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NSA spies among us? Report claims the NSA puts spies in U.S. companies, and how to protect your privacy

NSA spies among us? Report claims the NSA puts spies in U.S. companies, and how to protect your privacy
photo courtesy of shutterstock

Since Edward Snowden began releasing sensitive NSA documents last year, we've learned a lot about the great and sometimes scary lengths the government will go to get information it wants. Now, a new document out, reportedly also from Snowden, details the way the NSA may have inserted spies into companies in the U.S. and around the globe, so it could gain access to private networks and gadgets.

The agency’s core secrets are outlined in a 13-page “brief sheet” about Sentry Eagle, an umbrella term that the NSA used to encompass its most sensitive programs “to protect America’s cyberspace.”

The document doesn't say whether the NSA has spies working at the companies or if the agents managed to get in by posing as someone else, like a contractor or customer. It's no surprise that the NSA is using these tactics in China, but the leak also shows that the U.S. government has agents working in Germany and South Korea, which are our allies. Even more surprising are the references the document makes to agents working within U.S. companies!

The documents, leaked by NSA whistleblower Edward Snowden, also indicate that the agency has used “under cover” operatives to gain access to sensitive data and systems in the global communications industry, and that these secret agents may have even dealt with American firms.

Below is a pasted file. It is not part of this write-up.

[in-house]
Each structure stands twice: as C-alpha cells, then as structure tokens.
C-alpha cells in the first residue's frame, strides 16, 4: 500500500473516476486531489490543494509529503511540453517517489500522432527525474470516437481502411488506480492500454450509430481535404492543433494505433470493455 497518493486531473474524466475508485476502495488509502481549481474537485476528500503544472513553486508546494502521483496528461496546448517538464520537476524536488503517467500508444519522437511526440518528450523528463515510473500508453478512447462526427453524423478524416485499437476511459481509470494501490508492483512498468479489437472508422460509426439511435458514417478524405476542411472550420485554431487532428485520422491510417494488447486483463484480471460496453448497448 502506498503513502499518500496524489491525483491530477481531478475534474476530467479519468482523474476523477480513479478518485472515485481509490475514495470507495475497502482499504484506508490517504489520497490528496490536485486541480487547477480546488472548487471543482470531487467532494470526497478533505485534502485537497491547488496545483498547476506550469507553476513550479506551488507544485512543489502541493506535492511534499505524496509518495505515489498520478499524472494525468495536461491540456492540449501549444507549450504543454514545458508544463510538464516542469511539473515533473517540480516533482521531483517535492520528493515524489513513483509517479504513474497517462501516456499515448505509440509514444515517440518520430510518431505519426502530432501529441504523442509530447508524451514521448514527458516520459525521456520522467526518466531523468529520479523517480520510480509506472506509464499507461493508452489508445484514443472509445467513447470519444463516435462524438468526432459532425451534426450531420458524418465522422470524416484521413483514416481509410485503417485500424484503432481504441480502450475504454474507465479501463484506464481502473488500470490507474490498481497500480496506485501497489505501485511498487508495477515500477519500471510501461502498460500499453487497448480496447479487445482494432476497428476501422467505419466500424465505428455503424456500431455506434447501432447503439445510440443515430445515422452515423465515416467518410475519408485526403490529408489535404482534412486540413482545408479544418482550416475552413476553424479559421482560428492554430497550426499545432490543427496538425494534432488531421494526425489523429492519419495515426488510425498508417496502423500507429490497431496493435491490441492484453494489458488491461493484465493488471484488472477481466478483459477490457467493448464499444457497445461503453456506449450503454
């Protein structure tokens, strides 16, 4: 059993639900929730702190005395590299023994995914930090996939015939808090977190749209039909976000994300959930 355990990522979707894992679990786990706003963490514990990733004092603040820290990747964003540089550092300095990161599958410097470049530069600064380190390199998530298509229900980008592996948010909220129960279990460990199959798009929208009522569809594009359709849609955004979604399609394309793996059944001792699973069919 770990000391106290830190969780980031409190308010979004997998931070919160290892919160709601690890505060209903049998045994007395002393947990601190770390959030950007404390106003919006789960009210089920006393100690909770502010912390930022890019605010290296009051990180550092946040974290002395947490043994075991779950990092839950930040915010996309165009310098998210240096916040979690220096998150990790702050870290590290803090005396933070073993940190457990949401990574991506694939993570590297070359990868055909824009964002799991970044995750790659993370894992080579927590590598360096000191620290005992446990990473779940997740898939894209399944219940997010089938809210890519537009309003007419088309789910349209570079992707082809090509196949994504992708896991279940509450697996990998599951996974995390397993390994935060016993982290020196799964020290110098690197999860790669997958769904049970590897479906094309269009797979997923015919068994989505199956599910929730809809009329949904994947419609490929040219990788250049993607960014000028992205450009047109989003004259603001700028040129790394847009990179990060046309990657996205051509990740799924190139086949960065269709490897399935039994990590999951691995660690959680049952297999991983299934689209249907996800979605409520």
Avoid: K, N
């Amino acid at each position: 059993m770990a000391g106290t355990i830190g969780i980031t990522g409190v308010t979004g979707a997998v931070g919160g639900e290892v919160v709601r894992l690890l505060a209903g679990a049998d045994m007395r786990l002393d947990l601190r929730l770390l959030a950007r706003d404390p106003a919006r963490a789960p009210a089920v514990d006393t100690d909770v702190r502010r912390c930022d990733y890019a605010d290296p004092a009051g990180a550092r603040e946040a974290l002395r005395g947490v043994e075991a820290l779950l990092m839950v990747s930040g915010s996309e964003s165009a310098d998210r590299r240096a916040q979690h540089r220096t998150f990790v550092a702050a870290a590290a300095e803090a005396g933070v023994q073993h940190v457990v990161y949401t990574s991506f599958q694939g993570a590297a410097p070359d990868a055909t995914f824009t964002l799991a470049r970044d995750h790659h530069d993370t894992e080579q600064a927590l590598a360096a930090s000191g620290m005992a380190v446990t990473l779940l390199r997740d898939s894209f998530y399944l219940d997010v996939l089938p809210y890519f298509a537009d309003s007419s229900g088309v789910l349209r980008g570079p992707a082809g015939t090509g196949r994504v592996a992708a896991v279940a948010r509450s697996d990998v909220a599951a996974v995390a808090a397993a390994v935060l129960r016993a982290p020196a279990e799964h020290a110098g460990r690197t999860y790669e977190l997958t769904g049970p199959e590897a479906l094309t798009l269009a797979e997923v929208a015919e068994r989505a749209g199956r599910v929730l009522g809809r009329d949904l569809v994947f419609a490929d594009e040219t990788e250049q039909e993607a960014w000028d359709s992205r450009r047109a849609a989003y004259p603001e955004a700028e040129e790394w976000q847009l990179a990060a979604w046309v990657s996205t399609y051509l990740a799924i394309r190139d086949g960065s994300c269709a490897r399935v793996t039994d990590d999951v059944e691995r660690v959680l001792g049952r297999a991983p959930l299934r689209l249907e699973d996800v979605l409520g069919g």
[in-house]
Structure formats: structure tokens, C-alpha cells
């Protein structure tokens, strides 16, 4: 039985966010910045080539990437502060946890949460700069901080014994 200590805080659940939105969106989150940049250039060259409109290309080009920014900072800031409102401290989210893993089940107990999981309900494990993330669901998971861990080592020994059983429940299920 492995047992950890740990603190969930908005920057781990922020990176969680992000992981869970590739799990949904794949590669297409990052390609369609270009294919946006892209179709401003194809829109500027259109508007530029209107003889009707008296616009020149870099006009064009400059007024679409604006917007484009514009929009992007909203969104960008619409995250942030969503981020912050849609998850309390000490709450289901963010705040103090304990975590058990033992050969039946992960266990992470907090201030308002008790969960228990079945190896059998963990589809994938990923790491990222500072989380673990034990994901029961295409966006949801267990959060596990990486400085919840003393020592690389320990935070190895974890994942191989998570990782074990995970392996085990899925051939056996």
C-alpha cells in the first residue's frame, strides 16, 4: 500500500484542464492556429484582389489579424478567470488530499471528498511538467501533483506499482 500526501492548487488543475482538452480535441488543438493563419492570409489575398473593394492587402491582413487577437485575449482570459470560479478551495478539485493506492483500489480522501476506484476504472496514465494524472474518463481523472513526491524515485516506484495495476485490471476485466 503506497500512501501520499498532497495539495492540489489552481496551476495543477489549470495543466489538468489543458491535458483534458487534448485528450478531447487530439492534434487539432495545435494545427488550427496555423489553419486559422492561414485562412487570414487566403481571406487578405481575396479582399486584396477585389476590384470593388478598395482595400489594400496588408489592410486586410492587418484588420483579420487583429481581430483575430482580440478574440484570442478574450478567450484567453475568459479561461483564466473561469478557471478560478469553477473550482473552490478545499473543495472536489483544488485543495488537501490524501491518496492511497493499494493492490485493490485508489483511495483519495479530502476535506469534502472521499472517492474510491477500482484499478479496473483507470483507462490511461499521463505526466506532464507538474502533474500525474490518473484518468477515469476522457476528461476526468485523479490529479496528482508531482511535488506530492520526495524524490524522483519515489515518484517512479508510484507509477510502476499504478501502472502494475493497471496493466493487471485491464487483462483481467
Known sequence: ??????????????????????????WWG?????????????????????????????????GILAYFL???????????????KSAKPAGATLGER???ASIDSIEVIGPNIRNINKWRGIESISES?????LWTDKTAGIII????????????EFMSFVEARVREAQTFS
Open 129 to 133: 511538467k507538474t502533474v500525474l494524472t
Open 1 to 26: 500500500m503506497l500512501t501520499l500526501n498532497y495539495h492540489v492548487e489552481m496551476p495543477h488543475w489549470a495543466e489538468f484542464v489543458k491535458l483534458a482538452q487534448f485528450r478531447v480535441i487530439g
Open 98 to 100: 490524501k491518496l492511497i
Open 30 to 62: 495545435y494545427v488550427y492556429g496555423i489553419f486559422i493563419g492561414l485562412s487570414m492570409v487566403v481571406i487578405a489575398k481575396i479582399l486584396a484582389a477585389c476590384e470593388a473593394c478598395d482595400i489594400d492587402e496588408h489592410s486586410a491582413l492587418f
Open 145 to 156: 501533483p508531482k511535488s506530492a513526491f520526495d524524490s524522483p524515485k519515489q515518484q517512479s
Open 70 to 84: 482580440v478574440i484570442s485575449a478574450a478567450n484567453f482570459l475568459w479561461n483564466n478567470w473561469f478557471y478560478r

But, spies aren't the only tool the NSA is using to crack into communications in this country and around the world. There are also companies out there that are knowingly working with the agency to make communications vulnerable.

The new leak also shows that the NSA has worked with companies to weaken encryption so that the agency can more easily access communication info.

The description of Sentry Raven, which focuses on encryption, provides additional confirmation that American companies have helped the NSA by secretly weakening encryption products to make them vulnerable to the agency. The briefing sheet states the NSA “works with specific U.S. commercial entities … to modify U.S. manufactured encryption systems to make them exploitable for SIGINT.”

SIGINT stands for signals intelligence. That's a basic terms for the NSA's efforts to collect information like emails, texts, photos and phone records. The NSA has also worked with foreign companies for similar purposes.

The document doesn't say which companies have cooperated with the NSA to weaken encryption, so we don't know exactly which networks and services are vulnerable.

Snowden recently participated in a virtual interview with The New Yorker and advised anyone who wants to preserve their privacy to stay away from services like Dropbox, Google and Facebook. He also said everyone should use an encrypted service like Signal or Redphone to send texts.

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